A new set of protections are now in effect for Canadian air passengers, but one expert says he expects they won’t actually do much for the average traveller.
The new Air Passenger Protection Regulations set out minimum standards for all carriers to follow and requirements to help the public understand their rights.
Passenger advocate Gabor Lukacs, however, told 680 CJOB that while the government is putting out big numbers for compensation for delays and cancellations, they won’t apply in many cases.
“When you look at the fine print, it turns out you’re eligible for [compensation] in only very special cases,” said Lukacs.
“All the common causes for flight delays and cancellations, such as weather and maintenance issues when the aircraft breaks down, are excluded.”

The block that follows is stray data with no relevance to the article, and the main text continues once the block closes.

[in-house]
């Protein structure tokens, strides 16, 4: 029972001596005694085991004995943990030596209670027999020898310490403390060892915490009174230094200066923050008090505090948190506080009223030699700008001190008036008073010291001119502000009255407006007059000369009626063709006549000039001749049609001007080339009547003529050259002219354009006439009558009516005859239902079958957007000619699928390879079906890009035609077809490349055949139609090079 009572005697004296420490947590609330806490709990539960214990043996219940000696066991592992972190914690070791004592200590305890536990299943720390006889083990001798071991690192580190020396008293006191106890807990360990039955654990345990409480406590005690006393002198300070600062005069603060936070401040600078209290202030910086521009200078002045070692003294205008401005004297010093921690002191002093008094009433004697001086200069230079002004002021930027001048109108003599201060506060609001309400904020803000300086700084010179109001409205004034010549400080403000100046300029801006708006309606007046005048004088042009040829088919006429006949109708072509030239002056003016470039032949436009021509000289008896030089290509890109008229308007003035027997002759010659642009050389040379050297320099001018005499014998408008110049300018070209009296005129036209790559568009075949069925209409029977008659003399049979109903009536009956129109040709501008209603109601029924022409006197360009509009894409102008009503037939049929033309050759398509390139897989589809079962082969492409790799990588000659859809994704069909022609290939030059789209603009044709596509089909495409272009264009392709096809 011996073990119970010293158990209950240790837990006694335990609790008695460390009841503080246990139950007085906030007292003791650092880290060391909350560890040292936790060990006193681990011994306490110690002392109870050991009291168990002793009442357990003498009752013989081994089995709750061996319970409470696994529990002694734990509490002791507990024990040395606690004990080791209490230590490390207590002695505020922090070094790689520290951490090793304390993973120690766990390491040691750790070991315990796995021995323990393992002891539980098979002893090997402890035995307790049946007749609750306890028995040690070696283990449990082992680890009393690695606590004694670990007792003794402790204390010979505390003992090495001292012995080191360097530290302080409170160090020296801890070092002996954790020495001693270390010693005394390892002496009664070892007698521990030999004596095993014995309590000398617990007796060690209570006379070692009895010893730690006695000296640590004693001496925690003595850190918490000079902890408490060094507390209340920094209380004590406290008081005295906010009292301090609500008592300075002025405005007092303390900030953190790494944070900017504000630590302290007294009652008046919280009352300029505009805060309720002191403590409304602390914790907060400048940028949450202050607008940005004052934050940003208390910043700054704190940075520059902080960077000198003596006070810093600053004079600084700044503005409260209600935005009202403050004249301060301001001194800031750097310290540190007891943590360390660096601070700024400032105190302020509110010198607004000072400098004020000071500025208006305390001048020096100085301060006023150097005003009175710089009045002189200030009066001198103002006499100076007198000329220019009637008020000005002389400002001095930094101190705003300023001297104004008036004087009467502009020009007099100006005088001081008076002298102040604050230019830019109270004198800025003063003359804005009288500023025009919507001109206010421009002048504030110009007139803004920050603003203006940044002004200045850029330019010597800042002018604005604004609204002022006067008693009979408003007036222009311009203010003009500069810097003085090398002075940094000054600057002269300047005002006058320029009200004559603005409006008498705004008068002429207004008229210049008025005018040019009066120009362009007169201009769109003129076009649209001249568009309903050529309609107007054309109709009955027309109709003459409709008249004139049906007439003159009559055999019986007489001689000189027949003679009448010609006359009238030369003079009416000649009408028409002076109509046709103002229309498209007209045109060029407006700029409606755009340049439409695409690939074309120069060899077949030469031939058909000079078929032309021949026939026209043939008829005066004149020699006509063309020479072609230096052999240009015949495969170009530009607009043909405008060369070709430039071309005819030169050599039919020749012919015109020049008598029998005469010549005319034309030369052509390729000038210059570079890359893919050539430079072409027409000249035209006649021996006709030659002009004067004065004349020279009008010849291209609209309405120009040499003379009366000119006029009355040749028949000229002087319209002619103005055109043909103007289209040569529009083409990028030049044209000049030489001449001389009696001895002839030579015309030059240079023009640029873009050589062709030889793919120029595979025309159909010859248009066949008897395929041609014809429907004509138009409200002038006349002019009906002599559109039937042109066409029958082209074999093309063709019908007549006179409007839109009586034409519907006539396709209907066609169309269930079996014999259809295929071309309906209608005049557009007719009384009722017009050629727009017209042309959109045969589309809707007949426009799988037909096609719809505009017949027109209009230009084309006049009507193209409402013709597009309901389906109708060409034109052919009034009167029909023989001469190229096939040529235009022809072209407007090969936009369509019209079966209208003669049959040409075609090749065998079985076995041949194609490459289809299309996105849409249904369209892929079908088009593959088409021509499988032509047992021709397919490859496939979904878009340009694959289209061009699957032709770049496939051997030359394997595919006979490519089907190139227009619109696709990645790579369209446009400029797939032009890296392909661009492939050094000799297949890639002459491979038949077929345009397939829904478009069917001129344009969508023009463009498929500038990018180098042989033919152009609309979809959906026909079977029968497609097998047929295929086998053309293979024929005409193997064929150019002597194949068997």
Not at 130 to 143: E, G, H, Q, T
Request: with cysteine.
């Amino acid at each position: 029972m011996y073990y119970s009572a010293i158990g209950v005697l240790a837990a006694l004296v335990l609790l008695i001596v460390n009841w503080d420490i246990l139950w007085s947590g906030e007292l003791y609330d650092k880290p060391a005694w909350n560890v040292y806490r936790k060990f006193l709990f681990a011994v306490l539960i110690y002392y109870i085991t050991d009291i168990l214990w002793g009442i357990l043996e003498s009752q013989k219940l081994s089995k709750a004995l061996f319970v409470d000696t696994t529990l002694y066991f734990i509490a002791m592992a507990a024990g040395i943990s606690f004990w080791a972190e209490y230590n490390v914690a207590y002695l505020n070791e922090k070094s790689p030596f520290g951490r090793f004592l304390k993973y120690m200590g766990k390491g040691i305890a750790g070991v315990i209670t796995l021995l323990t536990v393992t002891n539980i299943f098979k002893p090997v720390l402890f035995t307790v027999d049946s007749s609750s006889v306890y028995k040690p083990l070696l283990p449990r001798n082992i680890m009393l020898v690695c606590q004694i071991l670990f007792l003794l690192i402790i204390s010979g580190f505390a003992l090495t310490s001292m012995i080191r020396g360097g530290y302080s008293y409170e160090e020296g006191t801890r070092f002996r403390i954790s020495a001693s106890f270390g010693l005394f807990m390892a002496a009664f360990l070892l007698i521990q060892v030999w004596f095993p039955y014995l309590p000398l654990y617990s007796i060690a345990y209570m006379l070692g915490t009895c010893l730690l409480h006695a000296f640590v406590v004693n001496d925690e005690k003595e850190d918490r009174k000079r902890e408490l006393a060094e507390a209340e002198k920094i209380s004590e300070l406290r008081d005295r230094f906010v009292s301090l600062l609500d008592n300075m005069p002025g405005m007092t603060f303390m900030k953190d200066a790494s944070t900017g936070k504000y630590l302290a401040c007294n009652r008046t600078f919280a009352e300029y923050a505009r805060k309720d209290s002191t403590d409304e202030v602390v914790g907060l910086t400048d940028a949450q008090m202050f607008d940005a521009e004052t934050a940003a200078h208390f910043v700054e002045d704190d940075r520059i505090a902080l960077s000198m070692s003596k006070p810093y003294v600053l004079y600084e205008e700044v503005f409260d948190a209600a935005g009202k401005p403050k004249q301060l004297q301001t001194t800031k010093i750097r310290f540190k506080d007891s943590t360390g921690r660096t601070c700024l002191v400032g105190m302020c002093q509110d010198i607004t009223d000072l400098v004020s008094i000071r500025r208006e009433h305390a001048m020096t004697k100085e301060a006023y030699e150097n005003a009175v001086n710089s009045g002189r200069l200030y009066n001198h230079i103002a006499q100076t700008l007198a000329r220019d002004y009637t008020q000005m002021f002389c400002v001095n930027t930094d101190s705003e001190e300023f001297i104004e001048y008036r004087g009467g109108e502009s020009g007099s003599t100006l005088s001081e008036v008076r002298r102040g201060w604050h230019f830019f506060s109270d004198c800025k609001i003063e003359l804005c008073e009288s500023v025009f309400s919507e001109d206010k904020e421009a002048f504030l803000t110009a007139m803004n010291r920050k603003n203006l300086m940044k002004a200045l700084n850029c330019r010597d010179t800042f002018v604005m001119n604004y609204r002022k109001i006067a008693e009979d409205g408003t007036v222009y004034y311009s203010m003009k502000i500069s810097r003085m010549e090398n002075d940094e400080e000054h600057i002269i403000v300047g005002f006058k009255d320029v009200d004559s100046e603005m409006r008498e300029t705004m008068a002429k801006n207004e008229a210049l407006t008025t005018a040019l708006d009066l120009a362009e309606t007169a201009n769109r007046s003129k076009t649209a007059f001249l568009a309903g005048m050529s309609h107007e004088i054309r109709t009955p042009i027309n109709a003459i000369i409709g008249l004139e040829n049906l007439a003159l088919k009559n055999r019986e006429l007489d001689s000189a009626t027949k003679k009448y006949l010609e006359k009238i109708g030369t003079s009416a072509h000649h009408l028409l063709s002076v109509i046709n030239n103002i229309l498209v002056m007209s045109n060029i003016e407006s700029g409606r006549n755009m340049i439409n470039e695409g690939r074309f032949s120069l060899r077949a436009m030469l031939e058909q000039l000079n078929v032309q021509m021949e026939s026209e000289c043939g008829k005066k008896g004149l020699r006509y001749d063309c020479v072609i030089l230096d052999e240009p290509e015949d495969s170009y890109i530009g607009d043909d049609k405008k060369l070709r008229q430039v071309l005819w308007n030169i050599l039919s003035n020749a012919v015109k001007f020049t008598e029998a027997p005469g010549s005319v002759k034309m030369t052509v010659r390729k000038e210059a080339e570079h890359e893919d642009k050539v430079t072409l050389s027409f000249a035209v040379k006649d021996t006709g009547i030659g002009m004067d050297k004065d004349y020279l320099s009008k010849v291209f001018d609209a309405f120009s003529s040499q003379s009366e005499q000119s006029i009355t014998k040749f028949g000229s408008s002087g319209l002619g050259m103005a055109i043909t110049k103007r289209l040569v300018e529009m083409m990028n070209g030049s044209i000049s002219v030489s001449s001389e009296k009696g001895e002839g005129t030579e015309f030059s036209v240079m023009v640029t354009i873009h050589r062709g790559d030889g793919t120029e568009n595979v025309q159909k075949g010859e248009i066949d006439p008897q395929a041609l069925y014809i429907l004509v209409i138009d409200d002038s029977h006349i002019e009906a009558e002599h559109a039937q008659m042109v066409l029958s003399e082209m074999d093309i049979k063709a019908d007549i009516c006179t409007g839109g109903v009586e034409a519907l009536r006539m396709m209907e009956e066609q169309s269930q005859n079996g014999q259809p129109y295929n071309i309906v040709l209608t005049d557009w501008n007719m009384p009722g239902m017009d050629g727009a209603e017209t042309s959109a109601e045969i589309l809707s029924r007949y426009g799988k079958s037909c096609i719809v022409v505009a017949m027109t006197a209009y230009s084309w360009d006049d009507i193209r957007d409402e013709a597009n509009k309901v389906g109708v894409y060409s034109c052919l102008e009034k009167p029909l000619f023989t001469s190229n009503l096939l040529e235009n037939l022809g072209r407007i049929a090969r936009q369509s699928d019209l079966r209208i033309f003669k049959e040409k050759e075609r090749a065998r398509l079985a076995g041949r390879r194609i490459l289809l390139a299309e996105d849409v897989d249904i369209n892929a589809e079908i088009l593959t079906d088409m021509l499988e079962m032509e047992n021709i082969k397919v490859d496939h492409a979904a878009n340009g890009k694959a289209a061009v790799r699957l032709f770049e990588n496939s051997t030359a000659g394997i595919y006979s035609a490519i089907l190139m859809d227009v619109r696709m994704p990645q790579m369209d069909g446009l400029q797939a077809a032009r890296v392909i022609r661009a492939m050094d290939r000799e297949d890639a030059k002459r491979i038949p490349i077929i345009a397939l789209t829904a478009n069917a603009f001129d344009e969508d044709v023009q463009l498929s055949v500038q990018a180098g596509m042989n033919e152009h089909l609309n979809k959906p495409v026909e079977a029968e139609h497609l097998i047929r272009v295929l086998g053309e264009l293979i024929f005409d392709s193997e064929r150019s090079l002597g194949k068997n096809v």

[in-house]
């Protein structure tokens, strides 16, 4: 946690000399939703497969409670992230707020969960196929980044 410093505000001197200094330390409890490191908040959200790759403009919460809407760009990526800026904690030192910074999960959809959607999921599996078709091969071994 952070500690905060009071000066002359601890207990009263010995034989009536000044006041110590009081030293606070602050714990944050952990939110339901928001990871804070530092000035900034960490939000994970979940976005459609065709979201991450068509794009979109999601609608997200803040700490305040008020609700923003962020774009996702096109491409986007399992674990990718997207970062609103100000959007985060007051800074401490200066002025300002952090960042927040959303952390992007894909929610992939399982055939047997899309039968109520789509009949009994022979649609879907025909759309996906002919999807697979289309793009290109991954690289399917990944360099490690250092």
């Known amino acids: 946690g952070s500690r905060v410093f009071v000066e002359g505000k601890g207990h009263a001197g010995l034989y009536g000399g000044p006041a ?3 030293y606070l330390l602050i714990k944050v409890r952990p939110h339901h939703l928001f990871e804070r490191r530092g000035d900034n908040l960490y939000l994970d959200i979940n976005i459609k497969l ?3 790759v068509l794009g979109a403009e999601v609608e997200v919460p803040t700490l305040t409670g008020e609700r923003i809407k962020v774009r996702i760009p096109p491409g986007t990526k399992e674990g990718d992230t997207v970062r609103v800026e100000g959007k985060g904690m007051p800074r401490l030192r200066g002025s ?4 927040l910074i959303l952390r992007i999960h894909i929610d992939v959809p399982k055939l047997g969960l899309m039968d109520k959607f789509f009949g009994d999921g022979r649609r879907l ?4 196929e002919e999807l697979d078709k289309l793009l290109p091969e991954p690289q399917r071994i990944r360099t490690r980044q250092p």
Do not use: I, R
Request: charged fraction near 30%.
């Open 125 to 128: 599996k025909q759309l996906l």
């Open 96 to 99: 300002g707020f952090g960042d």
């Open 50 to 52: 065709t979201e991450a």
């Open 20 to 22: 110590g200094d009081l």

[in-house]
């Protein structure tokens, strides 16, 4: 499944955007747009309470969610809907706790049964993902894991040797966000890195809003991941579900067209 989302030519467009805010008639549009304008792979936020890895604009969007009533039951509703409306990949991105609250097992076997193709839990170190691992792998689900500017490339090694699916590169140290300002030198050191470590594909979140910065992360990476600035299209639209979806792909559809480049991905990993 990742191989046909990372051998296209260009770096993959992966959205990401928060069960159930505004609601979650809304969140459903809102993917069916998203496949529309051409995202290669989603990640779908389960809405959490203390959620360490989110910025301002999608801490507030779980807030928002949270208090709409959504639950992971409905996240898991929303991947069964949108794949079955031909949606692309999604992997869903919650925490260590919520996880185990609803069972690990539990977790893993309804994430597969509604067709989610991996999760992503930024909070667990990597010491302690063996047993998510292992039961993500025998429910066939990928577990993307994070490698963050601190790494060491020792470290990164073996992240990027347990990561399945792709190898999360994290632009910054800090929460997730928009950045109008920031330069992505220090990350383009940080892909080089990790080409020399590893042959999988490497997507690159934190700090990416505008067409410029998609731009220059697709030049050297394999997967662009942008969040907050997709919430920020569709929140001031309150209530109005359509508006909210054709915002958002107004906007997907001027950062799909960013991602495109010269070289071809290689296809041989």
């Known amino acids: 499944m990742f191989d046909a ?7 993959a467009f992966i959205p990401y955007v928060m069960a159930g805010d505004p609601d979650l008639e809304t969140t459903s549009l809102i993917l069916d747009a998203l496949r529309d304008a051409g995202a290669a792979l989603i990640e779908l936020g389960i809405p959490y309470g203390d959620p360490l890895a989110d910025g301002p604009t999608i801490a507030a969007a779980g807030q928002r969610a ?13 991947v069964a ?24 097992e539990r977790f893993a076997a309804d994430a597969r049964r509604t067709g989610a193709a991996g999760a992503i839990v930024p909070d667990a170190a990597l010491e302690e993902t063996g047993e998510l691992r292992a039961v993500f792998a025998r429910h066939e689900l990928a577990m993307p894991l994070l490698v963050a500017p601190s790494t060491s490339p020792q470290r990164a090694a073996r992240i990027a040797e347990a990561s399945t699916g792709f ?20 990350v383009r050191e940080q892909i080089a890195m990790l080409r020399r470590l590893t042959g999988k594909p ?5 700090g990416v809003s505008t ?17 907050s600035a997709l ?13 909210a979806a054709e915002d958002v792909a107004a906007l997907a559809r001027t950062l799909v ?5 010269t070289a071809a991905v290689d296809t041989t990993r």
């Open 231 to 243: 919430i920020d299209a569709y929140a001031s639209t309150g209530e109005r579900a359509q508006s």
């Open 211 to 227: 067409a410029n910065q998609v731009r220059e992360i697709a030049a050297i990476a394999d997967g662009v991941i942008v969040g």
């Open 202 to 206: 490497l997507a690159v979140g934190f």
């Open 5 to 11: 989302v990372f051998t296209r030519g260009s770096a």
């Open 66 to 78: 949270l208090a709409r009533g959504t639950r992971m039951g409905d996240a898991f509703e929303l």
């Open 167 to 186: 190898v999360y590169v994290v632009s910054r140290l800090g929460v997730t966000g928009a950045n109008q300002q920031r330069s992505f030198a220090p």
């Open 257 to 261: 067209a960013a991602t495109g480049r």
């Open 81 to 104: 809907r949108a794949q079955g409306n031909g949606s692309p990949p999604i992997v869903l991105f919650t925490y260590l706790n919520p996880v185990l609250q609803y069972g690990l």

The new rules are actually the second phase of changes. The first phase was rolled out in mid-July, and the recent additions regulate compensation for delays and cancellations, as well as outlining where children can be seated on planes.
Lukacs, founder of the Air Passenger Rights advocacy group, called the new rules ‘feel good’ legislation at best, and said — in his interpretation — they allow passengers the right to apply for compensation, without any kind of assurance they’ll actually receive it.
“You can at least send a letter to the airline and ask for compensation,” he said. “It still may be worth your while to seek it, just to test how things are working, whether it’s actually working.
“I would expect most Canadian passengers will find it profoundly disappointing, because the airlines will religiously follow the letter of the law, and the problem this time will be primarily with a law that was drafted in a way that doesn’t provide any real protection.”
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